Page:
JavaConfig support in the Spring Tool Suite

Engineering | Martin Lippert | July 18, 2013 | ...

Spring applications that use JavaConfig instead of XML become more and more popular. Today we would like to show you the new features in the latest Spring Tool Suite 3.3.0 release that makes it easier for you to program Spring applications using annotations and JavaConfig instead of XML.

Project configuration

Let's assume you implement a web application based on Spring and JavaConfig. A common practice would be to have a base @Configuration class where you define the common base Spring configuration in your application. That might look like this:

class ApplicationConfig {
	@Autowired	private Environment env;

In addition to that you might have an web initializer implementation for the web application that defines your common base configuration class as root config and another one (maybe an inner class of this web initializer) for the web app specific configuration:

public static class WebConfiguration extends WebMvcConfigurationSupport {

		@Autowired Repositories repositories;
		@Bean public DomainClassConverter domainClassConverter() {
			return new DomainClassConverter<>(mvcConversionService()); 

The Spring Tool Suite now provides the option to configure those @Configuration classes directly as Spring configs in the preferences of the project:

This is exactly the same as for XML-based Spring config files. You could even have both configured for a project, but that doesn’t seem to be a good design choice. If you have XML files as entry points into your Spring application that use the context:component-scan element to take @Configuration classes into account, you don’t need to configure those classes in the project settings as well. They are recognized by the tooling automatically.

Having the @Configuration classes configured in the project settings, you can browse the Spring model in the Spring explorer or the Project Explorer.

###Bean Config Sets In the same way you arrange your XML configurations into bean config sets in the tooling (to arrange them into a meaningful context for validations), you can choose to add JavaConfig classes to those config sets as well.

This is particularly useful if you use multiple bean profiles. In that case you can configure a config set per profile to get the validations for each profile.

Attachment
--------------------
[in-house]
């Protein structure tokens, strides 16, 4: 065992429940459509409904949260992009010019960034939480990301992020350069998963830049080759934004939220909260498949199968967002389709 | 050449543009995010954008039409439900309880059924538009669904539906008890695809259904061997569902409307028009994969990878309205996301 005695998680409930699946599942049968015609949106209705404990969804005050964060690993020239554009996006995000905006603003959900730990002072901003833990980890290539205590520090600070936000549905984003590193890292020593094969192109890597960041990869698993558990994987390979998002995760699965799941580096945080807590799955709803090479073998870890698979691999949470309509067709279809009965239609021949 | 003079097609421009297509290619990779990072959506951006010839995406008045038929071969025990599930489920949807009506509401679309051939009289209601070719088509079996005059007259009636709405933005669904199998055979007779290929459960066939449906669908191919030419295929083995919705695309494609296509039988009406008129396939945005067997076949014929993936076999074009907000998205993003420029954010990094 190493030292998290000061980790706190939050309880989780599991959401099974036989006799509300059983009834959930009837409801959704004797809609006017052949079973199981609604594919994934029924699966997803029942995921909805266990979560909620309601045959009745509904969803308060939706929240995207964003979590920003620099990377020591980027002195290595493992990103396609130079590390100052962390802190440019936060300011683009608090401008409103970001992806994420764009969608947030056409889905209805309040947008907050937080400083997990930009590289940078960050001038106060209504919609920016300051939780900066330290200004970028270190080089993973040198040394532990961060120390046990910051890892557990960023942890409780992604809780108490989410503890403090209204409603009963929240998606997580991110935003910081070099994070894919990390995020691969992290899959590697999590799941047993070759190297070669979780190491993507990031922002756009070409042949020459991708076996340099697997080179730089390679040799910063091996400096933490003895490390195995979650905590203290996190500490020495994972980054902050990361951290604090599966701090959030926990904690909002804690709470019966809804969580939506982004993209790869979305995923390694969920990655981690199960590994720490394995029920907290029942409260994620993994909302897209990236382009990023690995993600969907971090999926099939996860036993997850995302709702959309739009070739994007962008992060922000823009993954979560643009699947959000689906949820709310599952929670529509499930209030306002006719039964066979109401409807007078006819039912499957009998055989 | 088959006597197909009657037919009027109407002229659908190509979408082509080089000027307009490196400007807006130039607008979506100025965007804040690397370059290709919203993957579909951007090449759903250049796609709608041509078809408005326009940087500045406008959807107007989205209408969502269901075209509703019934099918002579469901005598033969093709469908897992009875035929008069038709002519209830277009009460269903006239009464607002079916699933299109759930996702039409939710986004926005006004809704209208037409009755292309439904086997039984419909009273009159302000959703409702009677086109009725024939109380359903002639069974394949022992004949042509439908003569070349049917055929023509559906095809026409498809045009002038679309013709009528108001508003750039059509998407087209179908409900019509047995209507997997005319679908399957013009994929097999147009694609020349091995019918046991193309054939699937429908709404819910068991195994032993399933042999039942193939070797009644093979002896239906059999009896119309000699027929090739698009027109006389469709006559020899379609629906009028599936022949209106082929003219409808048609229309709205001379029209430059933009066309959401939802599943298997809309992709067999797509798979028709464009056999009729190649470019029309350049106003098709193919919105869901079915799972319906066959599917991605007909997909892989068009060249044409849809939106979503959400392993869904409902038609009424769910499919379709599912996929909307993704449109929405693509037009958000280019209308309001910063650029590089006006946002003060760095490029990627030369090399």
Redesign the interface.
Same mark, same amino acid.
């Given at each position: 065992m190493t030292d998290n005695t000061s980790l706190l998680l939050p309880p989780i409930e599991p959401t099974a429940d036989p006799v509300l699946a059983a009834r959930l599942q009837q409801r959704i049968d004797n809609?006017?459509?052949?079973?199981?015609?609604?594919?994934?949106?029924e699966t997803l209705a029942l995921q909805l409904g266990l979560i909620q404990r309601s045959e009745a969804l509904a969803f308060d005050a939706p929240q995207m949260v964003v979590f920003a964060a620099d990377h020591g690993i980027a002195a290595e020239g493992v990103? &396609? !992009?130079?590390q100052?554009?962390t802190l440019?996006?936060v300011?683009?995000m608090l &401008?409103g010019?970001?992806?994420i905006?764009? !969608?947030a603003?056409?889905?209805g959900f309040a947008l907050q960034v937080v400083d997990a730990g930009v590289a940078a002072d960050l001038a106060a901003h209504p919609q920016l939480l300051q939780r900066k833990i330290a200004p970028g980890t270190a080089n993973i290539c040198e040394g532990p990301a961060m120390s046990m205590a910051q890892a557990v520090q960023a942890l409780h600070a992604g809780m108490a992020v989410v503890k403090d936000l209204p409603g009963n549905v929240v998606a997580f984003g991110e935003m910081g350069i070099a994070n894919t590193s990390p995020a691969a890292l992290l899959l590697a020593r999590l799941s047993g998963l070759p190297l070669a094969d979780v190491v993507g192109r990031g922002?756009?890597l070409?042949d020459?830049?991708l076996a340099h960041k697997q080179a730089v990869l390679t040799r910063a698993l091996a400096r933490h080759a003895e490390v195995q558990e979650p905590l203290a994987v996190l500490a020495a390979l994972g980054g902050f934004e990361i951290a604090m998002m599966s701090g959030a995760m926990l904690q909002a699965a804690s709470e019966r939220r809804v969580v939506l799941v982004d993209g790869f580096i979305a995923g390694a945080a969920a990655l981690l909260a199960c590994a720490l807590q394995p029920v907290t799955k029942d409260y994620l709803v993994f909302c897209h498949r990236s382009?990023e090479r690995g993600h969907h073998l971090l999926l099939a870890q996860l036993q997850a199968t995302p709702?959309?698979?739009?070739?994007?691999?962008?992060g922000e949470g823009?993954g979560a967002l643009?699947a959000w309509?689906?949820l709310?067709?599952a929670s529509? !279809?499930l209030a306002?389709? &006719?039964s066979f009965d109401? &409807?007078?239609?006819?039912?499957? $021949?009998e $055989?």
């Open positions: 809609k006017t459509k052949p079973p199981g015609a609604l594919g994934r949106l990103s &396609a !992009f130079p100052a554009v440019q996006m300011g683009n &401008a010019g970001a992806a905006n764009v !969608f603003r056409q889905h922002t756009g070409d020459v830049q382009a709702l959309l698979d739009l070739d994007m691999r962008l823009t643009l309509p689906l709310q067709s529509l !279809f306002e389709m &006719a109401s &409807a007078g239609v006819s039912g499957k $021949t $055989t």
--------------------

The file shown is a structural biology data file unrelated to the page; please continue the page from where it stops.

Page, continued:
###Spring project settings made easy Since version 3.3.0 the Spring Tool Suite provides an easier way to configure your Spring projects for the tool support. There are new context menu actions to define @Configuration classes in the project settings, remove them again, and arrange them into bean config sets:


The Spring tooling runs a lot of validations against your Spring code and your Spring configuration files in the background as part of the project build. If you have your @Configuration classes defined in your project settings, those validations are running against those configs as well. This provides you, for example, validation against the @Autowired annotation. Whenever you have no matching bean defined in your project that would get injected at runtime, the tooling will flag this as a warning.

Content assist for Spring annotations

While Eclipse already provides good content assist for many situations, it doesn’t know about specifics of the annotations you use to configure Spring. But we do. Therefore we started to support spring-specific annotations with improved content assist. As a starting point, from now on, you get content assist for type names and package names in the @ComponentScan annotation when defining base packages and/or basePackageType attributes.

We will continue this work and add more support of this kind. If you would like to see something specific being implemented in this area, let us know. Your feedback is welcome.

Eclipse provides a nice feature called hyperlinking. It turns class names and all kinds of elements of your Java code into hyperlinks if you hold down the command key and hover over that element. We enhanced this quick navigation to provide direct access to injected beans for @Autowired fields and parameters. This way you can directly jump to the bean definition of the bean that gets injected into this @Autowired target.

What’s next

At the moment you have to define @Configuration classes in your project settings manually. This will change in future versions. We are working on automation in this area.In addition to that we also look into advanced support for @Enable* annotations. The goal is to provide more detailed information about what beans get created because of these annotations.

Wrapping up

The Spring Tool Suite 3.3.0 supports JavaConfig based Spring projects as a first-class citizen and we hope you enjoy it. If you have any feedback, please do not hesitate to contact us at the forum or file a ticket (not just for bugs, but for enhancement requests as well) in our JIRA for STS. Your feedback is always very welcome and highly appreciated. Enjoy the new version of the Spring Tool Suite.

Get ahead

VMware offers training and certification to turbo-charge your progress.

Learn more

Get support

Tanzu Spring Runtime offers support and binaries for OpenJDK™, Spring, and Apache Tomcat® in one simple subscription.

Learn more

Upcoming events

Check out all the upcoming events in the Spring community.

View all